Urban Field Notes: San Francisco, An Urban Athlete’s Training Ground

Those hills come in handy when you’re training for a triathlon.
Article
June 6, 2013
 
In Glen Canyon Park, rock outcroppings challenge climbers and narrow trails bring out the inner mountain goat in runners. Keep an eye out for one of the park’s resident coyotes.
 
Over the last year, San Francisco has been showcased as the home of the World Series Champion Giants and the NFC Champion 49ers as well as dozens of Olympians who competed in the London Games. Momentum is building toward the 34th America’s Cup, which San Francisco is hosting this summer. But the city is a great training ground for professional and recreational athletes alike. While many cities have great public playing fields, pools and recreation facilities, few have the hills, winds, views and natural features that make this city a great (and grueling) place to train and compete.
 
Mild weather allows for year-round outdoor training. Strong winds favor sailing, kitesurfing and windsurfing. Water and waves support kayaking, surfing and swimming for the brave and wetsuited.  The hills — and the stairs built to navigate them — provide challenging opportunities for interval training by bike or on foot. Using the city as an outdoor gym, recreational and competitive athletes experience San Francisco in a unique way. On Saturday mornings, I’m debating with myself whether to walk, bike, run or maybe check out that stand-up paddle board class I just heard about. Here are some heart-pumping locations for your next urban workout.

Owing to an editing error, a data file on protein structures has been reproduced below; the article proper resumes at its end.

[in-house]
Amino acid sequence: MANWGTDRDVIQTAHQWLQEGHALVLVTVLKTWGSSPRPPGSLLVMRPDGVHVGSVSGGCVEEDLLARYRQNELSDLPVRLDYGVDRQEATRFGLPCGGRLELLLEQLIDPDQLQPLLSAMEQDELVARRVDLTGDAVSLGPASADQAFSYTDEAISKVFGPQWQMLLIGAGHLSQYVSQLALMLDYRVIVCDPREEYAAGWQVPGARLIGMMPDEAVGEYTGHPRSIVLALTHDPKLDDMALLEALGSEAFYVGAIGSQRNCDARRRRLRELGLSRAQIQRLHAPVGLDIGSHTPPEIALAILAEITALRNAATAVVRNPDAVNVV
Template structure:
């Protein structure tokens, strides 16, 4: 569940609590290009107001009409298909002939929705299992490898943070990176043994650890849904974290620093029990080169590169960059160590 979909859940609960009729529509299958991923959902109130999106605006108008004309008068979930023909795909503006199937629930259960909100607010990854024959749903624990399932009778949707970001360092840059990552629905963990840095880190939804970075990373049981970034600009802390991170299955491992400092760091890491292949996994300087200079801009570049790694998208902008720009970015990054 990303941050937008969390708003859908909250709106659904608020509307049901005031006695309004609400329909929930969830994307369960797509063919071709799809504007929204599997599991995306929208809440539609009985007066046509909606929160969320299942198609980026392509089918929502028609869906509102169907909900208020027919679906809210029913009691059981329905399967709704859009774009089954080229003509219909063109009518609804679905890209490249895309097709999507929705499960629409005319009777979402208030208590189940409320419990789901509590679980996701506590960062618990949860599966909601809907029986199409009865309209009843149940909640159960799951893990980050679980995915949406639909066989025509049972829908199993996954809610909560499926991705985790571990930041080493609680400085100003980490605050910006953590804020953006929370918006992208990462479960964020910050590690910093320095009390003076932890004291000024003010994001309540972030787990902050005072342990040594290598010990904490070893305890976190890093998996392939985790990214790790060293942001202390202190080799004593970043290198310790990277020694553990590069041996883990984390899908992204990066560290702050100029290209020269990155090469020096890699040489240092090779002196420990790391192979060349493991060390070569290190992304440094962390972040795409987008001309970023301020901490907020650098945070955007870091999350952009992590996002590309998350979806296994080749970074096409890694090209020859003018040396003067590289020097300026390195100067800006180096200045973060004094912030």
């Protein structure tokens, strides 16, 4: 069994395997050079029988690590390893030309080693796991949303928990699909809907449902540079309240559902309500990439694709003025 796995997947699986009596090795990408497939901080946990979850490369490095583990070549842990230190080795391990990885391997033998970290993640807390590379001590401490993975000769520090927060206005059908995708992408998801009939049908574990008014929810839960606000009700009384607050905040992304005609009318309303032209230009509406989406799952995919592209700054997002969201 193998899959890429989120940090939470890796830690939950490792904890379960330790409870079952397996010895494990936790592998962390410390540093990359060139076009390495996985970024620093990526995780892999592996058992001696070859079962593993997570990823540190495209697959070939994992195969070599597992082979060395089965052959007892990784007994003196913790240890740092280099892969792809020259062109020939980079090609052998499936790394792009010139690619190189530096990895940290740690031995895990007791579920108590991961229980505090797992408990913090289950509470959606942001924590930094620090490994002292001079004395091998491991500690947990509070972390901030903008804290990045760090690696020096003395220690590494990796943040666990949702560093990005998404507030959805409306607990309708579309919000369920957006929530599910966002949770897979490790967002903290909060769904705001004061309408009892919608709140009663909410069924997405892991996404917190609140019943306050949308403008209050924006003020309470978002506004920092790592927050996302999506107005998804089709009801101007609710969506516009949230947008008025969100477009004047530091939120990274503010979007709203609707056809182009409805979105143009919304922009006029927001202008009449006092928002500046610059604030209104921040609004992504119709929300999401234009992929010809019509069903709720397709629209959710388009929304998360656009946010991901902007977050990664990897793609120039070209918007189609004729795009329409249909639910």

Neon Nikes? Check.  Lululemons? Check. At the Lyon Street Steps, the people are as attractive as the flowers, and they will help motivate you to run one more set.
 
 
Expansive views greet cyclists on Twin Peaks. You can turn this into interval training, climbing up from Portola Drive and riding down toward Clarendon Avenue. Then repeat.
 
 
High winds, currents, vessel traffic and fog make San Francisco Bay off of Crissy Field a challenging place for both beginner and professional sailors.
 
       
 
It’s competition day. After the swim and bike come the run on Baker Beach and Sisyphean climb up the Sand Ladder, two of the reasons the Escape from Alcatraz triathlon is known as one of the toughest courses in the sport.
About the Authors: 
Caseworker: Jean Eisberg
Photos: Kurt Gross
 
Jean Eisberg is a planning consultant at Urban Planning Partners, Inc. and a former NCAA All-American athlete. Kurt Gross is a product designer in San Francisco.